Laughter by Mary Beard

Mary Beard has written up a very stimulating and clear discussion of theories of laughter, which I encourage all readers to have a look at.  It does a nice job summarizing some of the main lines of thought on a tremendously difficult subject – one that, in my opinion, philosophers neglect all too often, especially given its historical significance as being considered an essential activity that differentiates humans from other animals.  I suspect that this is a case, however, in which Occam’s Razor doesn’t easily apply – attempts to reduce to a single overarching law of laughter are insufficient, but perhaps this is in part because the term ‘laughter’ lies somewhere between the general and the specific.  Would ‘humour’ work better, I wonder?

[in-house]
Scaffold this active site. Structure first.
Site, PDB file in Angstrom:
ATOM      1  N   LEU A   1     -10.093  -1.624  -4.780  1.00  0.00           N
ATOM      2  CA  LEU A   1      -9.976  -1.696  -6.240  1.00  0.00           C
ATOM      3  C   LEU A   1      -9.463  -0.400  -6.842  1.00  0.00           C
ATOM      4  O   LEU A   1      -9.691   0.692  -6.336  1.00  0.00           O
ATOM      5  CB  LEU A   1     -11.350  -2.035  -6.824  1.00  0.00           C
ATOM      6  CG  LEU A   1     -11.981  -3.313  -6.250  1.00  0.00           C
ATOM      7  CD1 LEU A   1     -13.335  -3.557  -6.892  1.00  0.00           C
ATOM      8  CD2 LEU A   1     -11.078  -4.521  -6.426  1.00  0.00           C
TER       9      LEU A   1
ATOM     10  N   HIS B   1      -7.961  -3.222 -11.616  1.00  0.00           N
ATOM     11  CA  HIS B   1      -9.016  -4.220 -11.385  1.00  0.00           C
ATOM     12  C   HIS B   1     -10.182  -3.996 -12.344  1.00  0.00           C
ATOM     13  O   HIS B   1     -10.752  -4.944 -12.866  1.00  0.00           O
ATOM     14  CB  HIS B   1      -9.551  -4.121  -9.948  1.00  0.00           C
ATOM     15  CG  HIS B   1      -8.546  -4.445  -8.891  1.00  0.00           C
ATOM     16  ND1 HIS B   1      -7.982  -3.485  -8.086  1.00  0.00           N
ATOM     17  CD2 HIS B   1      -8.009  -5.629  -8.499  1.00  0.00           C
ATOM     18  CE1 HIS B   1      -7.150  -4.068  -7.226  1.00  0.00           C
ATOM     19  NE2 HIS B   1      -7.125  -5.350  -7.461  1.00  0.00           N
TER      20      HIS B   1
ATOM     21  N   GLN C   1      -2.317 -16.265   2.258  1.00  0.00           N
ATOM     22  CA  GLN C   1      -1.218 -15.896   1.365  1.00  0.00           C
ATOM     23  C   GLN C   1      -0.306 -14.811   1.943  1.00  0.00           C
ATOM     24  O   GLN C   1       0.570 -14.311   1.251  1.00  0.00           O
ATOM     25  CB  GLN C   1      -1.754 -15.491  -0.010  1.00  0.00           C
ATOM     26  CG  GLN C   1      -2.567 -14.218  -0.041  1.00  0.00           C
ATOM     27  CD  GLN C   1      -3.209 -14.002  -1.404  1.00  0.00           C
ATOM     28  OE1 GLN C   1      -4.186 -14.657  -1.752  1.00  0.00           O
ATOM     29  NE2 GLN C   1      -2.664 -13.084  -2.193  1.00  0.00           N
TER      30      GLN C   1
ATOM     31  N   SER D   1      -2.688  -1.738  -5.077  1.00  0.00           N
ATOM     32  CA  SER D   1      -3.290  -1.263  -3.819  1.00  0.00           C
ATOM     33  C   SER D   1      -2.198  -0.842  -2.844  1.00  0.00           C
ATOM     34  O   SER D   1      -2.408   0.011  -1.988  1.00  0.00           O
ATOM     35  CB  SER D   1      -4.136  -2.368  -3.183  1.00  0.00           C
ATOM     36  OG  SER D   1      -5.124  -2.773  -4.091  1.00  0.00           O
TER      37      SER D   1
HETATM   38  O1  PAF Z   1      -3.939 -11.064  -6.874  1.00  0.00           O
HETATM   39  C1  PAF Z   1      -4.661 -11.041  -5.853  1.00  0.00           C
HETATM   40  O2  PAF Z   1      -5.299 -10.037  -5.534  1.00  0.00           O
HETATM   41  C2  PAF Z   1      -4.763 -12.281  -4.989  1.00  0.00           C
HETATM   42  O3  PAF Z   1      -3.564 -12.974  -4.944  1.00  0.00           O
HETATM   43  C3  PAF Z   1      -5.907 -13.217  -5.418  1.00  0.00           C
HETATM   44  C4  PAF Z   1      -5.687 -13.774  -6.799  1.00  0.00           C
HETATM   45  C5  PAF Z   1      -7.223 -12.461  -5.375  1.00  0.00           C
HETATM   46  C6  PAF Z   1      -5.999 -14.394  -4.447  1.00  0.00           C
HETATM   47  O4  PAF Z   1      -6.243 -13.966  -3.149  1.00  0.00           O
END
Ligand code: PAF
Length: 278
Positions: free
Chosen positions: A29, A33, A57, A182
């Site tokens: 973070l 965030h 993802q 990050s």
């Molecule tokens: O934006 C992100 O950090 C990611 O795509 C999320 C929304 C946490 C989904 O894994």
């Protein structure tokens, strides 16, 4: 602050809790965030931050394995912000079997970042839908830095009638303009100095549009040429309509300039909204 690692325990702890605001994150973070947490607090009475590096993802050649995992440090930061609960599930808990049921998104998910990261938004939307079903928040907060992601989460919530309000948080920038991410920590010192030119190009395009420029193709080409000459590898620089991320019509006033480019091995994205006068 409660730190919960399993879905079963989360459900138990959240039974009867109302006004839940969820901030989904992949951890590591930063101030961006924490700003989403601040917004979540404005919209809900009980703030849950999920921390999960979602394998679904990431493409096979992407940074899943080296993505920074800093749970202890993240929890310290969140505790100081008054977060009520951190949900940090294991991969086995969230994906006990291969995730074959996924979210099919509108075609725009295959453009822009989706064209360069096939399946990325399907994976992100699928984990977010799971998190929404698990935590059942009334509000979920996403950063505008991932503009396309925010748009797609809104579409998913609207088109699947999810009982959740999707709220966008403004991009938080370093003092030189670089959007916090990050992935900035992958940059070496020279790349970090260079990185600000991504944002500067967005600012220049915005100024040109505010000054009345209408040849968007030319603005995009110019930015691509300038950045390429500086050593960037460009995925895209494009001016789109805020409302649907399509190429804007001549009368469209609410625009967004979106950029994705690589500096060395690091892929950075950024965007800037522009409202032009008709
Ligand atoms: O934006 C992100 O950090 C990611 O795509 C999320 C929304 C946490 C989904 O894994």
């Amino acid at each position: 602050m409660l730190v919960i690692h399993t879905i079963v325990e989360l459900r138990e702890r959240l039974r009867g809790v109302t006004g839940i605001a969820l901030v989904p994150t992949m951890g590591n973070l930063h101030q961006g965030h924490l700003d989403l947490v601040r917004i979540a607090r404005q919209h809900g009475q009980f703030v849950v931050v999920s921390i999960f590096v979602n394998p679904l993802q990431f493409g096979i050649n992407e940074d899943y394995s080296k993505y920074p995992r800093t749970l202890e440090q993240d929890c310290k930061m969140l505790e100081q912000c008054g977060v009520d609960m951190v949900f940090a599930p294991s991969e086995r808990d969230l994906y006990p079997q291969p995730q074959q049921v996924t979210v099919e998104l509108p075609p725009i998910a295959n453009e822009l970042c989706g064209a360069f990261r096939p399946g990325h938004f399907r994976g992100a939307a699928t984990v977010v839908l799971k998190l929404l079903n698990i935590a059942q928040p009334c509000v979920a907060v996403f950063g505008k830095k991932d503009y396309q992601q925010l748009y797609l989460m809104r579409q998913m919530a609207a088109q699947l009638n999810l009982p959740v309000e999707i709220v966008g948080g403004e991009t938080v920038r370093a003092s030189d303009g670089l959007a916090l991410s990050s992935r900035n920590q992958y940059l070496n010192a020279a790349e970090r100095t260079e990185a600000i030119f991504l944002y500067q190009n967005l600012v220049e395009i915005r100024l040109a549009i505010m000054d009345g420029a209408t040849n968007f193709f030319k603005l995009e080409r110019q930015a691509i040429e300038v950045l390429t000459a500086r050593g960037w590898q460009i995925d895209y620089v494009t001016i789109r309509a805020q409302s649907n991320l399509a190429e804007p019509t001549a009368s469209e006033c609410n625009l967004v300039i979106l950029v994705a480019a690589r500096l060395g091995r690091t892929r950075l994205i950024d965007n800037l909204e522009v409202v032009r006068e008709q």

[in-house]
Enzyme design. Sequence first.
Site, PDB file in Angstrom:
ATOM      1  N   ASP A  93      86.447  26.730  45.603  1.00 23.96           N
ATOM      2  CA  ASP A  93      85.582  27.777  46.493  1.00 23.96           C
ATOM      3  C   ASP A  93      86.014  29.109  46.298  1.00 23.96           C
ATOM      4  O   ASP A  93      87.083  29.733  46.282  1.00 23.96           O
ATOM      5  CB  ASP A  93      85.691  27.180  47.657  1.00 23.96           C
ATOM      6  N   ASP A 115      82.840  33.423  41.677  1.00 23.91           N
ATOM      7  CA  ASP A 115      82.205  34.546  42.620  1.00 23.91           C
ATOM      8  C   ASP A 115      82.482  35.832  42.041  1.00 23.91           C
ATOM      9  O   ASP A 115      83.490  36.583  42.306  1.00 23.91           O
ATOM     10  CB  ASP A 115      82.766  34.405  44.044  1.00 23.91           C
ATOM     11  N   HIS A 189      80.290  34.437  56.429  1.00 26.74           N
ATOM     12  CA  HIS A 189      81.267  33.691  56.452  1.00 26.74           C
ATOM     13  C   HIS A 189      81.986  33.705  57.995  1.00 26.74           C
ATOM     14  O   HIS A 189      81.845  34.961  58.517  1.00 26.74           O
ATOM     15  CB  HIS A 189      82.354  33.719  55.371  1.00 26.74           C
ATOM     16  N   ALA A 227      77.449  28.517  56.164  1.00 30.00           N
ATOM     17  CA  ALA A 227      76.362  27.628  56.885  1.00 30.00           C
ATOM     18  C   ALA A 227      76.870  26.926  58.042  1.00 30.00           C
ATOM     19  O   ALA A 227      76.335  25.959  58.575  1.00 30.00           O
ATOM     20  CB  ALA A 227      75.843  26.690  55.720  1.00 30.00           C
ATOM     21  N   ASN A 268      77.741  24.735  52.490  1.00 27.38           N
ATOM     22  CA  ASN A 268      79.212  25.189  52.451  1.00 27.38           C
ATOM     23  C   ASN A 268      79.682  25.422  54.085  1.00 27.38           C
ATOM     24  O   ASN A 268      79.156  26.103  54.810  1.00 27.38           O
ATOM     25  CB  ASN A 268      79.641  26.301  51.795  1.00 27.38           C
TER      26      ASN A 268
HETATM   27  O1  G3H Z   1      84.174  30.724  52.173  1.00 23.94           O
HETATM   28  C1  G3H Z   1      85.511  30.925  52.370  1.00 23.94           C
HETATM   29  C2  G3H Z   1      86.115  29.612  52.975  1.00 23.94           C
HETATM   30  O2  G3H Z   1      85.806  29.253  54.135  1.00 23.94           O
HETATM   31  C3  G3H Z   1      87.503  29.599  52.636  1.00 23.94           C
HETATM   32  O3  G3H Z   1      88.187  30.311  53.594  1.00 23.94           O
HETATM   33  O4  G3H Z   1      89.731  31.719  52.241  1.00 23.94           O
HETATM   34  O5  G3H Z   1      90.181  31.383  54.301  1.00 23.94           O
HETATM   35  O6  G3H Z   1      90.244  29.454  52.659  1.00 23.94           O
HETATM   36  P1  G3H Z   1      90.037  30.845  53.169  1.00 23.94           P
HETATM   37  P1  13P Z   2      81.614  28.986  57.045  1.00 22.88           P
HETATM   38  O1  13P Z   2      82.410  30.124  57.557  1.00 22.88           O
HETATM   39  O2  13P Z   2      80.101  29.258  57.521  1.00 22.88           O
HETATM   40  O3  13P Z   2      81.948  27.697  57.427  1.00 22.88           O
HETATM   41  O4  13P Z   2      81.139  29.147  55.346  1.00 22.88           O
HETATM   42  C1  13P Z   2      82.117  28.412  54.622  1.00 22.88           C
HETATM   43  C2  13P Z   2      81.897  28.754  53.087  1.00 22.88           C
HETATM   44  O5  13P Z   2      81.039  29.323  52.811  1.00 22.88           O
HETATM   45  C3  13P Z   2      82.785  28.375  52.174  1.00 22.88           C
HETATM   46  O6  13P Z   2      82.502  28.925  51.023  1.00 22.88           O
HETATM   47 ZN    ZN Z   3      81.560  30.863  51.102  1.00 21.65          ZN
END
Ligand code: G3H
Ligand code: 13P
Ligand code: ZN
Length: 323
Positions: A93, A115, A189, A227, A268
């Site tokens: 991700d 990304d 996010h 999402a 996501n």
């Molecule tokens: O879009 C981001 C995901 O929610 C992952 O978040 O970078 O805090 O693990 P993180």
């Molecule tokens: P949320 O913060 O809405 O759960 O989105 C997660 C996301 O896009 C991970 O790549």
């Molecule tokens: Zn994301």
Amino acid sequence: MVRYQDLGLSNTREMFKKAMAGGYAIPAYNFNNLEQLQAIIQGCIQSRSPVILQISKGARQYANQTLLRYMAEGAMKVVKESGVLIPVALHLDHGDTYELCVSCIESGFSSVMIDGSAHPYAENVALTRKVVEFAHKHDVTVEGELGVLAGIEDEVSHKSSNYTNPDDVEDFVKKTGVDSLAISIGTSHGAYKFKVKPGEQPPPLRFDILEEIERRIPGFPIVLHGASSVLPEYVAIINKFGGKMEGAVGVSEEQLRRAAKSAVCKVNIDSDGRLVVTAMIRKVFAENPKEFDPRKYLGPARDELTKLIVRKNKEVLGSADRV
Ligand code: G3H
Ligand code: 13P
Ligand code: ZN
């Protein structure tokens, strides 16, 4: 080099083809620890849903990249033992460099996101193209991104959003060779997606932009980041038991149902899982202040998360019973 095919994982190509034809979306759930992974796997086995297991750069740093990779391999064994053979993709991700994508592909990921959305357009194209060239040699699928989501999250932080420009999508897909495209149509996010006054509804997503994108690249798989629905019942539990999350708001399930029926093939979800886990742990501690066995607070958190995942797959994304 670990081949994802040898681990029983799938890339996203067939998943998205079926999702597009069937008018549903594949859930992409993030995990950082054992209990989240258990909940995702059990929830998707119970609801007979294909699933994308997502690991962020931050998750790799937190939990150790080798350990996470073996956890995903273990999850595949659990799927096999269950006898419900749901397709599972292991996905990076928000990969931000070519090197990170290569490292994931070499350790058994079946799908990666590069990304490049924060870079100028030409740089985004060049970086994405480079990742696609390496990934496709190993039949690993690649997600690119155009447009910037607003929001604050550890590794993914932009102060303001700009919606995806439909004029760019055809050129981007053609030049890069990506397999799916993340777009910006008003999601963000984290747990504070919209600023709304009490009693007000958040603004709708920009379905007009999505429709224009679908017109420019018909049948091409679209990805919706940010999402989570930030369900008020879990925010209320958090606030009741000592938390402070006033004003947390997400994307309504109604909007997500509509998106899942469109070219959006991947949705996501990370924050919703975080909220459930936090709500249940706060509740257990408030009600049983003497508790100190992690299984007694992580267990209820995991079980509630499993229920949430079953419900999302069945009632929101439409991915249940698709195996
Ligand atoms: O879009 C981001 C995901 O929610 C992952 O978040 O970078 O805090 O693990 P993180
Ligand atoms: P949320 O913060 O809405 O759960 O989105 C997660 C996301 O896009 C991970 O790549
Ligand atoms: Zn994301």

Click on this picture to follow the link to Mary Beard’s ‘What’s So Funny?’

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Filed under Ancient Philosophy, Classics General, Intellectual History

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